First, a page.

Just as these events contributed to a major decline in Southeast Asian piracy, the incidence of piracy off the coast of Somalia soared. The International Maritime Bureau reports that in 2006, there were 20 incidents of piracy in the Somali Basin and Gulf of Aden; that figure jumped to 44 in 2007, 111 in 2008, and 194 in 2009 and 192 in 2010. During this period, the international community responded by establishing three major counter-piracy naval task forces in the region—one operating on behalf of the European Union, another sent by NATO, and the third reporting to the commander of the U.S. Fifth Fleet in Bahrain. Despite coordinated patrols by warships from two-dozen countries, Somali piracy persisted, spreading from the Somali Basin and the Gulf of Aden to the Red Sea and Arabian Sea, and virtually to the shores of India. The international commercial shipping industry implemented a series of Best Management Practices (BMP) against piracy, such as running concertina wire along the lifelines of the ship, to deter pirates from boarding. Yet Somali piracy kept coming: nothing seemed to work. In 2011, there were 237 pirate attacks in the Red Sea, Somali Basin, and Gulf of Aden. Then, in 2012, the number of attacks in these areas plummeted to 75. In 2013, remarkably, there were only 13 incidents—and Somali pirates did not successfully seize a single ship, although two vessels were held for less than a day before they were freed by naval action.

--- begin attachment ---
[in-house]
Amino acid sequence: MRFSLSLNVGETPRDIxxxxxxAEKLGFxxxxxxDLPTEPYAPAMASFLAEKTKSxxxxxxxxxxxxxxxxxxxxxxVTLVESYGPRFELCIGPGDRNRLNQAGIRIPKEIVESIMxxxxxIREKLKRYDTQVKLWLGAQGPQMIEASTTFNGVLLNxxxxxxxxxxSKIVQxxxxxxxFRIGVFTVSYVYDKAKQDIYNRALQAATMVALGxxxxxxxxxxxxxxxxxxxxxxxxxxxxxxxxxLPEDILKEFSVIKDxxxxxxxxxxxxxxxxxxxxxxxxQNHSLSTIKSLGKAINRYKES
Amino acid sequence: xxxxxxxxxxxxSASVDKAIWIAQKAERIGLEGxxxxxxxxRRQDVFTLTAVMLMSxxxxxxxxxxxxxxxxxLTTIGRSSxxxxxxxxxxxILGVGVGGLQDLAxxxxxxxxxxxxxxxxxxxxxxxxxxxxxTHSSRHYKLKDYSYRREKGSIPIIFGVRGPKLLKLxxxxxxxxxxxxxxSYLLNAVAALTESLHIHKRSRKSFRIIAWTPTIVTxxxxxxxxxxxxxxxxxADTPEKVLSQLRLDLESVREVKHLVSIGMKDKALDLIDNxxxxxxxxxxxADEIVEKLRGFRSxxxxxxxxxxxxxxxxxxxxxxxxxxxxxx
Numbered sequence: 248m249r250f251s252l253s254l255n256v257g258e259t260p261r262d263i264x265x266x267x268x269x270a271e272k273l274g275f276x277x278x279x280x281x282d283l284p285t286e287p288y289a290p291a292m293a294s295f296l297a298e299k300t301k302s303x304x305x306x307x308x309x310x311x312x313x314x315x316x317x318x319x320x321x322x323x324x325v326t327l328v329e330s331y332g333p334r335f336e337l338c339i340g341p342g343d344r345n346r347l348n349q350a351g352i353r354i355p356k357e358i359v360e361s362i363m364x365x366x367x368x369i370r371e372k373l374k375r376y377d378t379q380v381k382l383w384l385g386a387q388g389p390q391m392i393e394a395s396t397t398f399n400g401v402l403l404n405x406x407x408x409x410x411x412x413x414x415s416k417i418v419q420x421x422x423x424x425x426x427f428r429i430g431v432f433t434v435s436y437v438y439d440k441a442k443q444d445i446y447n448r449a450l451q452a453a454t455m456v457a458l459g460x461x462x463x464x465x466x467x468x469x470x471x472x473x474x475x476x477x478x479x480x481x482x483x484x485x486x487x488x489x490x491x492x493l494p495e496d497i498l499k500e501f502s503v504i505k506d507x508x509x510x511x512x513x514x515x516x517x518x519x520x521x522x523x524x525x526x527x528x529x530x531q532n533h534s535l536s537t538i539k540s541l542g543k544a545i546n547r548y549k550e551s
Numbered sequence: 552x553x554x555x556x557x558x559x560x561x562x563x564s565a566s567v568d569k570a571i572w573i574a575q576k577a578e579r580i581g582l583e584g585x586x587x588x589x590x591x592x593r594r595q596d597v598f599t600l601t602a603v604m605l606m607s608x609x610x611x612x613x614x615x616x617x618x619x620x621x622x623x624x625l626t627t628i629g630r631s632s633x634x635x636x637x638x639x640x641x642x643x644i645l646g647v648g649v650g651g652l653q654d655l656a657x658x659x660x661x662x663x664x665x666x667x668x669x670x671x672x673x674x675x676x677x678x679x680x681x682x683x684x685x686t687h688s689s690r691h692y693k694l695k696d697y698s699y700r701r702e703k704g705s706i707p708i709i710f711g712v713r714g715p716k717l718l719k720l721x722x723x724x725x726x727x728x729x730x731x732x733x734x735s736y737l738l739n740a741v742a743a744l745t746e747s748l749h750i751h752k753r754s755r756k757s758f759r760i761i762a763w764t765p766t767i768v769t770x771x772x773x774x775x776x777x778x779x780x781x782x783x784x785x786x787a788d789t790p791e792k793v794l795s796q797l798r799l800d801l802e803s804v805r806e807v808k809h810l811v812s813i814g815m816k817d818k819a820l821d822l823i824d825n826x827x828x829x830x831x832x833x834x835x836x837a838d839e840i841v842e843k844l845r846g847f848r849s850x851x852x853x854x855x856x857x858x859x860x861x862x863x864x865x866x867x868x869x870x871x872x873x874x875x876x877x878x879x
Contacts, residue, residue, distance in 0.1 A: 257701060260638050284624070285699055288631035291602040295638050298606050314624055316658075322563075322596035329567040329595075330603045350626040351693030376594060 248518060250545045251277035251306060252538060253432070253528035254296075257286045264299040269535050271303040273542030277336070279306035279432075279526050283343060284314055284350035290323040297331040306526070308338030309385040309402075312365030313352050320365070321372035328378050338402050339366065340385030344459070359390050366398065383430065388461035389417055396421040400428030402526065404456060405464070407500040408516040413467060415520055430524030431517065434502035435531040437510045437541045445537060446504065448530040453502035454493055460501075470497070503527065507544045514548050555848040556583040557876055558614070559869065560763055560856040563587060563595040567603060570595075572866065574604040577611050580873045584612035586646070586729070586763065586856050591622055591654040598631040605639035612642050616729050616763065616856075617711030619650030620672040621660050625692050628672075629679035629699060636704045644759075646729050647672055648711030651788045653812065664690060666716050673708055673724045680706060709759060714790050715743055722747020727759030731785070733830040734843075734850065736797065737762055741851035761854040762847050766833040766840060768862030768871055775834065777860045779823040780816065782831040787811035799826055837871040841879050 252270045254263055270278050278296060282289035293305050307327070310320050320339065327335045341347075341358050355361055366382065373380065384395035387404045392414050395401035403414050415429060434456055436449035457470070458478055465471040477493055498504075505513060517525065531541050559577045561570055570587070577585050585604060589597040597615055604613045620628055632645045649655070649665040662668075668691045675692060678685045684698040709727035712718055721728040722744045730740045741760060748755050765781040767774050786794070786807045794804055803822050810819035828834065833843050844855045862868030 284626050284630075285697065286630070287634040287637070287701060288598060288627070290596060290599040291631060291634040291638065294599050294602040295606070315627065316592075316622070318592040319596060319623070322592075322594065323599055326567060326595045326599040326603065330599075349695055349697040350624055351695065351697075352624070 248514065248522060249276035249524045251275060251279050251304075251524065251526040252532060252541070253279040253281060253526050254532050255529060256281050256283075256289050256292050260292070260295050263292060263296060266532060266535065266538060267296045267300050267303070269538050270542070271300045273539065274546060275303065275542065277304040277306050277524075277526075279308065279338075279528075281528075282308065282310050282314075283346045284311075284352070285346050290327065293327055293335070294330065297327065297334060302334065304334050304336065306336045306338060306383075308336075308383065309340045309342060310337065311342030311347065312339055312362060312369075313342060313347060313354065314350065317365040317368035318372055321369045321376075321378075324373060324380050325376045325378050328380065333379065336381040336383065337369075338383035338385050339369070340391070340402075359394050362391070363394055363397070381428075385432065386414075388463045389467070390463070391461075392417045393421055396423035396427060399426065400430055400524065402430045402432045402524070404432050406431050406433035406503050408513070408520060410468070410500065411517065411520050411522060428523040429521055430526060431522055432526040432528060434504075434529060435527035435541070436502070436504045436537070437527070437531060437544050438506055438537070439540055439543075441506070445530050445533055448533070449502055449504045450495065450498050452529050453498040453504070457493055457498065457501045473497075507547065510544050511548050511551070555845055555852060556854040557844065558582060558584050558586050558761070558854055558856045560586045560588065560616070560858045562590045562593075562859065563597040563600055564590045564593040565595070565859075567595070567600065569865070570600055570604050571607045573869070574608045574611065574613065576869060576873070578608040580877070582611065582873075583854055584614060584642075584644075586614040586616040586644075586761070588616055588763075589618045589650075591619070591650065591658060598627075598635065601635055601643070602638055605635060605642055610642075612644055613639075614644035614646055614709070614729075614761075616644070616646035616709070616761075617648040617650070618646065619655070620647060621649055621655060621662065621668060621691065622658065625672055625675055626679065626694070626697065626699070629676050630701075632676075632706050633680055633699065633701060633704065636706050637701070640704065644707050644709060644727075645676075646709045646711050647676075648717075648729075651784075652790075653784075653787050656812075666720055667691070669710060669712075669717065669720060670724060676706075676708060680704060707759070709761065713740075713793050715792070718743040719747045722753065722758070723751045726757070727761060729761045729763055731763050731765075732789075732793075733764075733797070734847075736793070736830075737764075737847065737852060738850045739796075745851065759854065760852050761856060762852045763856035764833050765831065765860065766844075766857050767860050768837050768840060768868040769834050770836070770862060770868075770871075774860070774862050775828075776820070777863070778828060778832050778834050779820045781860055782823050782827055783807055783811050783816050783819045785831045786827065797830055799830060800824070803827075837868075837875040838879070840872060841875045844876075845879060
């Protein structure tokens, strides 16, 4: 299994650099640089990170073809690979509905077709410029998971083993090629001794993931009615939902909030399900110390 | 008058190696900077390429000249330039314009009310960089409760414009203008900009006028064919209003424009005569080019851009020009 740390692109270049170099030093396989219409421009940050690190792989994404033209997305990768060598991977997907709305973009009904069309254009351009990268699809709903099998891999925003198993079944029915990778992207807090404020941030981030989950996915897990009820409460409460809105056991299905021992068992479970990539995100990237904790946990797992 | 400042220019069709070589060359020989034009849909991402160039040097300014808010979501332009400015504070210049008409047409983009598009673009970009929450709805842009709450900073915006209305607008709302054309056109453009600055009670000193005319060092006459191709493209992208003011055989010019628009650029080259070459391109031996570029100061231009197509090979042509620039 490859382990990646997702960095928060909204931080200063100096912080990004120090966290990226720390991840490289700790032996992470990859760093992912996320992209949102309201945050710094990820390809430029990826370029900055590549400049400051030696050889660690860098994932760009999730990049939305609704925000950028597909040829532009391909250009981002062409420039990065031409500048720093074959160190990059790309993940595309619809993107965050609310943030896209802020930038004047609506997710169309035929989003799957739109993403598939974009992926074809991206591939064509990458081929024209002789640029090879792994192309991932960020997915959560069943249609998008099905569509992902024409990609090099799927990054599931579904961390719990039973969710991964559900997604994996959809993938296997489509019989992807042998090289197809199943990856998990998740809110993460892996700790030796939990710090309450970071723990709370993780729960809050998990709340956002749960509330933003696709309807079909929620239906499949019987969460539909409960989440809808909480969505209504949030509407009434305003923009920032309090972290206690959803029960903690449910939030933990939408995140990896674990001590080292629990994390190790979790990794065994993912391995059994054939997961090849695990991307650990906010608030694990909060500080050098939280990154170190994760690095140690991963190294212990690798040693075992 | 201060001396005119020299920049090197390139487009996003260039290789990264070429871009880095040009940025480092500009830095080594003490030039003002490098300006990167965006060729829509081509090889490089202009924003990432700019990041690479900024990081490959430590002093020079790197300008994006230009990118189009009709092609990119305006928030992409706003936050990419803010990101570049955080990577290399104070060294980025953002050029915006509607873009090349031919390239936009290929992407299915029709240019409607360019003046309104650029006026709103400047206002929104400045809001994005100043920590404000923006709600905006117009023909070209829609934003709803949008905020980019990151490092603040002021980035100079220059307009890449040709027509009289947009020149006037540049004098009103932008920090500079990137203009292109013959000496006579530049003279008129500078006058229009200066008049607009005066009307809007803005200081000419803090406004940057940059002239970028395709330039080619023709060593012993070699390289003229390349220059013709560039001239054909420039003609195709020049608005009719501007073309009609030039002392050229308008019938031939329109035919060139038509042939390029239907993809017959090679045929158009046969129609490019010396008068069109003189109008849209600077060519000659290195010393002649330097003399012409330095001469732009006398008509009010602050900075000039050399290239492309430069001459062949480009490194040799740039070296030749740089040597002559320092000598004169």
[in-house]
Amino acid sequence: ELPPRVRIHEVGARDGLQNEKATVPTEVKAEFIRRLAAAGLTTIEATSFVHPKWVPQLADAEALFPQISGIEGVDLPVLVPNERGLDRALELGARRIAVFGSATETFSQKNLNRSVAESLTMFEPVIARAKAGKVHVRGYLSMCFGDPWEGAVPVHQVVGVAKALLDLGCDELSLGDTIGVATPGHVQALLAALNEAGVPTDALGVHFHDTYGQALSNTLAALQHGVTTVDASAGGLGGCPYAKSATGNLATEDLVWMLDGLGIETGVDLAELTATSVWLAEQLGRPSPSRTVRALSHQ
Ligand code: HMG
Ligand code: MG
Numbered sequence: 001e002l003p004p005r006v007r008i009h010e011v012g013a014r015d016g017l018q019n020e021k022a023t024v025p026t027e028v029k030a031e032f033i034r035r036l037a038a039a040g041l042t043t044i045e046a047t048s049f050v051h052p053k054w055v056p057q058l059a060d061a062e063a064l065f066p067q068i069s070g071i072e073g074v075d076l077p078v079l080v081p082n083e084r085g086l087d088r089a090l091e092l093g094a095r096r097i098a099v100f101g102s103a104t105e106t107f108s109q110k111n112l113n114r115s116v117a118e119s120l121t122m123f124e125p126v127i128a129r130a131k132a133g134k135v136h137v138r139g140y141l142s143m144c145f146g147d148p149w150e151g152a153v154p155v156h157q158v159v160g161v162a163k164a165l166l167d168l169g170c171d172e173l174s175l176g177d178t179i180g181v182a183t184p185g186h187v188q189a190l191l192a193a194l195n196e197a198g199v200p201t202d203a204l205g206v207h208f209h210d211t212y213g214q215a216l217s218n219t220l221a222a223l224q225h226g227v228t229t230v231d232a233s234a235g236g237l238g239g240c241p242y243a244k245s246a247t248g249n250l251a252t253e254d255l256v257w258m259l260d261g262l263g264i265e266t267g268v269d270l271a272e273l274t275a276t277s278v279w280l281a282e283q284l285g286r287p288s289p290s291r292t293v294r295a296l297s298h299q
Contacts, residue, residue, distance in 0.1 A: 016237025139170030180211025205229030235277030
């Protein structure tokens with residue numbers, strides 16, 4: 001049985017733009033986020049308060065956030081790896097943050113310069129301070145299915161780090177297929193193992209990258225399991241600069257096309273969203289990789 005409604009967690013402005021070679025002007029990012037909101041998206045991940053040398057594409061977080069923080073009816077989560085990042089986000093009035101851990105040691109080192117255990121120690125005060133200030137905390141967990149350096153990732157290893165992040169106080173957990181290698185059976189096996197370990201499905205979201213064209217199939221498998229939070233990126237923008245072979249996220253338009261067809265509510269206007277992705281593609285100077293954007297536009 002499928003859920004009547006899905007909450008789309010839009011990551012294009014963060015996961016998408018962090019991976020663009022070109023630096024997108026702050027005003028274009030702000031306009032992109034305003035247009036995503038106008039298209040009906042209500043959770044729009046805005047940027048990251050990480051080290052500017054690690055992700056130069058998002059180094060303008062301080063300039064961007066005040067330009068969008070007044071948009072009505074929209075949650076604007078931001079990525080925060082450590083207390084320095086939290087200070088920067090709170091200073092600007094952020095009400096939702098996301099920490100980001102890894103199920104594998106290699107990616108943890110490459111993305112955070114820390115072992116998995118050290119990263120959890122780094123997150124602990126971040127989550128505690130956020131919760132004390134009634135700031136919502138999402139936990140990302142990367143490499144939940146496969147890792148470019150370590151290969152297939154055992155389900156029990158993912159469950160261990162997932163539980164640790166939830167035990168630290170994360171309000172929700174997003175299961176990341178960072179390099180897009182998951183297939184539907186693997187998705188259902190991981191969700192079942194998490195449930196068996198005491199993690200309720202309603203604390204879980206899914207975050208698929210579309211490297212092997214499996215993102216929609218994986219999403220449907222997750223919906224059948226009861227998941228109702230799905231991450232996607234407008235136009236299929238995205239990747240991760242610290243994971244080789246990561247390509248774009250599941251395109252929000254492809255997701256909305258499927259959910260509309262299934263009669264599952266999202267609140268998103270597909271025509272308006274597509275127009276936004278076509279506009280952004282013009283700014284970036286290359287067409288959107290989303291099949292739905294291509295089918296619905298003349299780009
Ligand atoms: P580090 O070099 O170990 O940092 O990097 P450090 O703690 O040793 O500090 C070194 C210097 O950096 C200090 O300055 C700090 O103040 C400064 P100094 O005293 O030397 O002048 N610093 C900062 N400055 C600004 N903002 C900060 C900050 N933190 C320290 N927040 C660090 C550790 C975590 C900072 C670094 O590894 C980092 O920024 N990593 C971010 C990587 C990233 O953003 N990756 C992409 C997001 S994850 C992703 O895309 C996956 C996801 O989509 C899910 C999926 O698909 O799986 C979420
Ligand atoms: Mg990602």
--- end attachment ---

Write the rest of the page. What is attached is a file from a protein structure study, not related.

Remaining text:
Where the adoption of BMP and naval patrols failed to stem the tide of Somali piracy, armed security guards posted on board ships transiting the High Risk Area of the Indian Ocean were effective. Ship owners initially were reluctant to embark armed security teams to protect their ships in the region, but the statistics were too compelling to ignore. Somali pirates have not been able to board any ship with an embarked armed security team. The introduction of private maritime security contractors onto ships, however, has raised a host of legal and policy issues. Generally, the carriage and use of firearms on board ships is governed by the laws of the flag state in accord with Articles 92 and 94 of UNCLOS. Some nations, however, purport to forbid the transit of ships with firearms while in innocent passage in the territorial sea under Article 19 of UNCLOS. Furthermore, coastal states and flag states may have different rules for the permissive use of force against suspected pirates. Consequently, the Member States of the International Maritime Organization have developed guidance for ship operators and ship owners, as well as recommendations for states, concerning the use of private security at sea.